The curriculum for Hispanic studies consists of three tiers:
- Spanish language and understanding Hispanic cultures
- Introductory courses in folklore, film, history, literature, and linguistics
- Upper-level seminars exploring specific trends and topics in Latin American, Spanish, and Latinx literatures and cultures
Our majors and minors have many opportunities to enhance their coursework: study abroad, an Honors Program, living in La Casa Hispánica (a residence hall for Spanish speakers and majors), student organizations, as well as internships, teaching apprenticeships, and tutoring positions in the department and beyond. Students with advanced Spanish who take EDUA 301 can work in the Oberlin community teaching Spanish in the local elementary school through the SITES program.
We offer a major in Hispanic studies and two different minors. The minor in Hispanic studies focuses on developing advanced linguistic and cultural proficiency, with an emphasis on written and oral expression developed through literary and cultural analysis. The minor in Spanish focuses on attaining advanced proficiency in Spanish, plus a historical and linguistic understanding of the language in context.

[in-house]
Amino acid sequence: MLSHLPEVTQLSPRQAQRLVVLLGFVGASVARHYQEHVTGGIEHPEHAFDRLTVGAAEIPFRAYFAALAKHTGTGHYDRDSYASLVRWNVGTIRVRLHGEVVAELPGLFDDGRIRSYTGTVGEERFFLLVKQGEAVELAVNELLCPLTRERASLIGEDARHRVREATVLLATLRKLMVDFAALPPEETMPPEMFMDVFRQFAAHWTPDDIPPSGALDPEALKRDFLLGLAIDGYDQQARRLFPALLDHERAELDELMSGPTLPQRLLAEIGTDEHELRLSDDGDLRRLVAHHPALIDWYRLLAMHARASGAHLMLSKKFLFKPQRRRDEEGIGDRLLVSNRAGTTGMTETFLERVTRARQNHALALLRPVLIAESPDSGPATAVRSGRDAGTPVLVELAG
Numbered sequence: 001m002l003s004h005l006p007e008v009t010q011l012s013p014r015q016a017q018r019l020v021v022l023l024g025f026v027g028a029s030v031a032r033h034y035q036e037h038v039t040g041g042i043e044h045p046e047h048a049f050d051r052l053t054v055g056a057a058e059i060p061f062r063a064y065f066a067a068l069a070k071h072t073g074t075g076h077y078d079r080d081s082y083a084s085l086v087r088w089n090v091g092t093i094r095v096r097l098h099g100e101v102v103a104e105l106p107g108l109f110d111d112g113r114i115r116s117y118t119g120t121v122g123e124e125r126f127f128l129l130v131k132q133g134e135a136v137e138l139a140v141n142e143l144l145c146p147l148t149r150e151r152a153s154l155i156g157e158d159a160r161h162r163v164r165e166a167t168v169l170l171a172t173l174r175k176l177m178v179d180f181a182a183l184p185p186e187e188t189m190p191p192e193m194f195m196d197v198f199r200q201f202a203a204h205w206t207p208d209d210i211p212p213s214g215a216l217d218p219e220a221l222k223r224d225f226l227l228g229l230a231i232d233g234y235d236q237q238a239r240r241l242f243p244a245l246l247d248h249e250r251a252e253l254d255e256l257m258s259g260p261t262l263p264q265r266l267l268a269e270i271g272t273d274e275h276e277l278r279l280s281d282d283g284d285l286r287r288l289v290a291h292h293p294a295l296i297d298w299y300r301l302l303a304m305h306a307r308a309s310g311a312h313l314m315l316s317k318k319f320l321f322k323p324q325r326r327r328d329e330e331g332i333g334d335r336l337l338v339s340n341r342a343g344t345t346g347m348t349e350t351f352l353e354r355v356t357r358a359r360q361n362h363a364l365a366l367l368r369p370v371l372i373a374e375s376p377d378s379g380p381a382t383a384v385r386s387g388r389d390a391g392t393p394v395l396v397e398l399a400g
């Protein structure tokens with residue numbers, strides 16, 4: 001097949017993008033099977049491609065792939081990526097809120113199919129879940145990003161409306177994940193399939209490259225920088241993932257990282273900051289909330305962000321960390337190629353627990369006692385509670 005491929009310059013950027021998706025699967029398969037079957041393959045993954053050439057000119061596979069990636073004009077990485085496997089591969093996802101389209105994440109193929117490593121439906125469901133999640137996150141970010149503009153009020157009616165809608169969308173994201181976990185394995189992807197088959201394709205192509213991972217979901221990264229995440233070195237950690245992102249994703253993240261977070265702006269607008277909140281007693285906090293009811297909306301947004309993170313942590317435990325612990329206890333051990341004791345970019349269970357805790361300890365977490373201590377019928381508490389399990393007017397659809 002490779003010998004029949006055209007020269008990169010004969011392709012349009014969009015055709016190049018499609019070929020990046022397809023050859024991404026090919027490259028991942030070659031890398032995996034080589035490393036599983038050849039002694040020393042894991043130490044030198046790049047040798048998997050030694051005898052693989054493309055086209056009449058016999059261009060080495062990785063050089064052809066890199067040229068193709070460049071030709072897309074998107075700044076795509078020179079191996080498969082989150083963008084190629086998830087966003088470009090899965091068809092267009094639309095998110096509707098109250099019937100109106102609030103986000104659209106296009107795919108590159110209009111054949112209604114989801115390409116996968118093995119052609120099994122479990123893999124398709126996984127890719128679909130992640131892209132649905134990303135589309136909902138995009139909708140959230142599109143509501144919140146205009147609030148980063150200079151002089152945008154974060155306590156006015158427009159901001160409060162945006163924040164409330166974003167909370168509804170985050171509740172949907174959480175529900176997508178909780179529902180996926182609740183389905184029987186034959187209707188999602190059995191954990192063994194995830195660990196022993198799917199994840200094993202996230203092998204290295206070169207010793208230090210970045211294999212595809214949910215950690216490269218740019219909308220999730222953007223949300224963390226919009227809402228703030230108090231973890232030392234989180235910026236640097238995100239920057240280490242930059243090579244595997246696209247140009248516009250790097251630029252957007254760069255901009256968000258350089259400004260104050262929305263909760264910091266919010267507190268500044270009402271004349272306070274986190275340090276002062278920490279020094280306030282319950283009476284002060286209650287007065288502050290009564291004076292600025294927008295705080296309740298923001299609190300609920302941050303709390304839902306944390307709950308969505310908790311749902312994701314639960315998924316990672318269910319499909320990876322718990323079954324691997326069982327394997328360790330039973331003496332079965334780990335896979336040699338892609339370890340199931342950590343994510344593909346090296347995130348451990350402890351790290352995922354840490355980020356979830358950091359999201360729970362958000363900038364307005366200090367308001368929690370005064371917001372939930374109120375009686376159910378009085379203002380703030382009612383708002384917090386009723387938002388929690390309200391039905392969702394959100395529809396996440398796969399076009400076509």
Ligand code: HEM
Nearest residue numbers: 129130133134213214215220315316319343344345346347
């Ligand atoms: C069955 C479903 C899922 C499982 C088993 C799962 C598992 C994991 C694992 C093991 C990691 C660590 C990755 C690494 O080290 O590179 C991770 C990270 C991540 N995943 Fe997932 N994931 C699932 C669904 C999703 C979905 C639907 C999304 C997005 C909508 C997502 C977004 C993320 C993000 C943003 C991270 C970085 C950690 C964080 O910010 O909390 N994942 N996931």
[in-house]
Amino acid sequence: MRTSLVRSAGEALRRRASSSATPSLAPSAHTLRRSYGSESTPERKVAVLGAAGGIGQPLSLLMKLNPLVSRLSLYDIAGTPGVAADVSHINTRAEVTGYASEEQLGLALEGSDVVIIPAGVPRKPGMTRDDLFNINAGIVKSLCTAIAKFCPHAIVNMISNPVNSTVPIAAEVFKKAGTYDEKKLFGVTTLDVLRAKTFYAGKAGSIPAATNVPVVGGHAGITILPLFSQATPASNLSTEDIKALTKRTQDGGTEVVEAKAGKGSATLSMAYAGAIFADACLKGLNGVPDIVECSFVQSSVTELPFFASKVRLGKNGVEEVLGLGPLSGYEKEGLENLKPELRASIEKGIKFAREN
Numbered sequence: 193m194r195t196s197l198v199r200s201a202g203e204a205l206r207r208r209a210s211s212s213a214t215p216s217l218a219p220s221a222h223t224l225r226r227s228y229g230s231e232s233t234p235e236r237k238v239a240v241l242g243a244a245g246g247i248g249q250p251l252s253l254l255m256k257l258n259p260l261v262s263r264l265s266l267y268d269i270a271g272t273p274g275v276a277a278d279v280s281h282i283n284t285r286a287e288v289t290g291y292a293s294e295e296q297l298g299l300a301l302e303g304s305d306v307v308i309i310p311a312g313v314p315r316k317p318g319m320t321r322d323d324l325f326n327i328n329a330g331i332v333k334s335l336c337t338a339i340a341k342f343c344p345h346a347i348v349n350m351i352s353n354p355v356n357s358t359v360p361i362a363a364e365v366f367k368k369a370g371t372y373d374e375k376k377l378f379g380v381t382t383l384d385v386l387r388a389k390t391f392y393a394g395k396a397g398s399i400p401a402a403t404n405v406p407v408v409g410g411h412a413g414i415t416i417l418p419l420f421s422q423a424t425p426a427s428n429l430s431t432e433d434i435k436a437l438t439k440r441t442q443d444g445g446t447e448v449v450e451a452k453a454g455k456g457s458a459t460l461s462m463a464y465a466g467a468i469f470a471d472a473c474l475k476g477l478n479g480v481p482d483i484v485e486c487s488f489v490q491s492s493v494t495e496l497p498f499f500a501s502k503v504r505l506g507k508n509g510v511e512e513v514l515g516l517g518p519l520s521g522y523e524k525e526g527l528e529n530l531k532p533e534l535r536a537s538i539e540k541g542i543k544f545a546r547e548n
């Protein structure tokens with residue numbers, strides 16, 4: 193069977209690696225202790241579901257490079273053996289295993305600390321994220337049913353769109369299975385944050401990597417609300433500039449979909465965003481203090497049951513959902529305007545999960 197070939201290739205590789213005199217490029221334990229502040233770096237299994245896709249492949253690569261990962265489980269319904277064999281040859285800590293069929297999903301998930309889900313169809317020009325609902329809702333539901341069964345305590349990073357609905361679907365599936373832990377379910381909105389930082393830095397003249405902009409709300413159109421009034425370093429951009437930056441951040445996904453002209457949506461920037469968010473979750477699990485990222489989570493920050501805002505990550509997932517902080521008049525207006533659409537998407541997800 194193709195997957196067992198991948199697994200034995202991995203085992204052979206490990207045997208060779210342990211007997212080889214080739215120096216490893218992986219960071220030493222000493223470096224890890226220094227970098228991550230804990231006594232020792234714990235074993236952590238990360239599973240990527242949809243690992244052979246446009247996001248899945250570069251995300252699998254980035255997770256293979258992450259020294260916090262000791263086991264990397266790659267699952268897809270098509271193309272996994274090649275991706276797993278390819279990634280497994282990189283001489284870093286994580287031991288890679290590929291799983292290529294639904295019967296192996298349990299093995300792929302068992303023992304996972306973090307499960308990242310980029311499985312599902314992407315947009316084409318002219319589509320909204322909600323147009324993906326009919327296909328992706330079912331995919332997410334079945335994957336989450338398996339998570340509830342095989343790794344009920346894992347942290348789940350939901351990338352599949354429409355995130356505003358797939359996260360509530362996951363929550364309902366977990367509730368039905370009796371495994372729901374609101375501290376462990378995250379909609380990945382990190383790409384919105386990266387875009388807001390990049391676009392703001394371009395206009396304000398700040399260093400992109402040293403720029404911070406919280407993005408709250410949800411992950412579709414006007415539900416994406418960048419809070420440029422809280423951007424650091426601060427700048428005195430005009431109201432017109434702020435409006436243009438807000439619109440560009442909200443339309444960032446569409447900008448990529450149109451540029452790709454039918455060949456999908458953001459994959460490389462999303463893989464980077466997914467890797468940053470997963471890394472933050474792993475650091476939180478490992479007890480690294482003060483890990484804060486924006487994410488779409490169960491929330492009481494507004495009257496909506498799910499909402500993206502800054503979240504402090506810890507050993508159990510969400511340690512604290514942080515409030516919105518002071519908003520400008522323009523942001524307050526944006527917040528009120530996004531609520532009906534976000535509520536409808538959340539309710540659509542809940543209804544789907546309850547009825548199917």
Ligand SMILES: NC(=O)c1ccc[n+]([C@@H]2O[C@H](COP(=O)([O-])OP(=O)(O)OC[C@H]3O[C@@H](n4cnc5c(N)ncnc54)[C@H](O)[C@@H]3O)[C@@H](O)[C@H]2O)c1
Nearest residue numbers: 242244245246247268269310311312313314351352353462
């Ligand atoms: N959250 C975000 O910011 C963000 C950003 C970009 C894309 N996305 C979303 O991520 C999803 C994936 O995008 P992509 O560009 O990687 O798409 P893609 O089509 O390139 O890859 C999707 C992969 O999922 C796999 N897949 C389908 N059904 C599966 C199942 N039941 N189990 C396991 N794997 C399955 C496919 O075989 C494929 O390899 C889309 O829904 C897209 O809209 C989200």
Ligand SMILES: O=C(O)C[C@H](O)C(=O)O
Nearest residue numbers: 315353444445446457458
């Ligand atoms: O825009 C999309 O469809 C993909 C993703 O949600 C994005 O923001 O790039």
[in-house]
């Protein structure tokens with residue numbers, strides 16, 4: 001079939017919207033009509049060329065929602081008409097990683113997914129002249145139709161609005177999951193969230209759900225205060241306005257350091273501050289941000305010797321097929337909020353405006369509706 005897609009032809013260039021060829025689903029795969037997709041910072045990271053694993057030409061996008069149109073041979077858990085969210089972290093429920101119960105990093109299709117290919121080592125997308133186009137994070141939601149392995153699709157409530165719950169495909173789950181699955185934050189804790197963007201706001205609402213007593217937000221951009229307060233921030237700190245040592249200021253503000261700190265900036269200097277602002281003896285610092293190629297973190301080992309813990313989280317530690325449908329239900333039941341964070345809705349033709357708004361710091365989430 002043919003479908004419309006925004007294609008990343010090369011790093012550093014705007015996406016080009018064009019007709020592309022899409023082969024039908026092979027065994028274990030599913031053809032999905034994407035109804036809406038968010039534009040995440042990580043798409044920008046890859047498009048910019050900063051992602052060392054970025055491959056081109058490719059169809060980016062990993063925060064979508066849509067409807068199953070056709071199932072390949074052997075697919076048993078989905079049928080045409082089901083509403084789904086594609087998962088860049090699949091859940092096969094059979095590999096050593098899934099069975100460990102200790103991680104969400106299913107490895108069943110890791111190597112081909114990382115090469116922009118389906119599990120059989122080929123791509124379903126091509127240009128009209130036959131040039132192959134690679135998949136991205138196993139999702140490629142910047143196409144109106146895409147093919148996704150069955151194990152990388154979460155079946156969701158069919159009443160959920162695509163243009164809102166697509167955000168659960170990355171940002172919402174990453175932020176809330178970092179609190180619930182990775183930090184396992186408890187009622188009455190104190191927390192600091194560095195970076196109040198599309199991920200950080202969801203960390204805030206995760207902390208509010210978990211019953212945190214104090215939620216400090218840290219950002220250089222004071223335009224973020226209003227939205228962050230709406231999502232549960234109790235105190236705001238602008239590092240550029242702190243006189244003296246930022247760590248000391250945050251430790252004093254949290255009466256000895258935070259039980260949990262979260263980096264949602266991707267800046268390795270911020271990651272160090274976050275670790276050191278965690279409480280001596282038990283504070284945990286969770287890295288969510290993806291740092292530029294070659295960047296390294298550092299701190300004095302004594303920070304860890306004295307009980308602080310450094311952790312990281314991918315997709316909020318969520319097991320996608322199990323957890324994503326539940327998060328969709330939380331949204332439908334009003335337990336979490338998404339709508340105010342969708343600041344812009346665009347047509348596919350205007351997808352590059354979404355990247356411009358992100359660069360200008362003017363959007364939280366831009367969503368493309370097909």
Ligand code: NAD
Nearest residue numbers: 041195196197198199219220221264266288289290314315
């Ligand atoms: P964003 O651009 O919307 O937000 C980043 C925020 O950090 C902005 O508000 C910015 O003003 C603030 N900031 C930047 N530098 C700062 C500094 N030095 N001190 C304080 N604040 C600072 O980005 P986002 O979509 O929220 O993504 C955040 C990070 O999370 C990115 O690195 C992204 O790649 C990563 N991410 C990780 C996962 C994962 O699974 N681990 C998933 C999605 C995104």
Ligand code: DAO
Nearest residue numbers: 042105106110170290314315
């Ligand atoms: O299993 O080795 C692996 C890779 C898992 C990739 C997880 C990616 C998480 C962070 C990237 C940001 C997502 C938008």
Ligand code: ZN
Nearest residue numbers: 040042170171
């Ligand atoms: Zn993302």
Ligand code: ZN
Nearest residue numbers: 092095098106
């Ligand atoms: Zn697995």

Oberlin‘s Paul and Edith Cooper International Learning Center offers high-tech tools to master a variety of world languages.
Finally, we urge all students to spend at least a semester abroad, through one of many affiliated programs in Spain and Latin America, and on the United States-Mexican border. Oberlin also sponsors several winter-term opportunities in areas where Spanish is spoken, including our program in Guadalajara, México.
While Hispanic studies graduates often go on to graduate school, those who enter the workforce have careers in multifarious fields, including business, nonprofit organizations, management, immigration law, politics, education, publishing, and translation.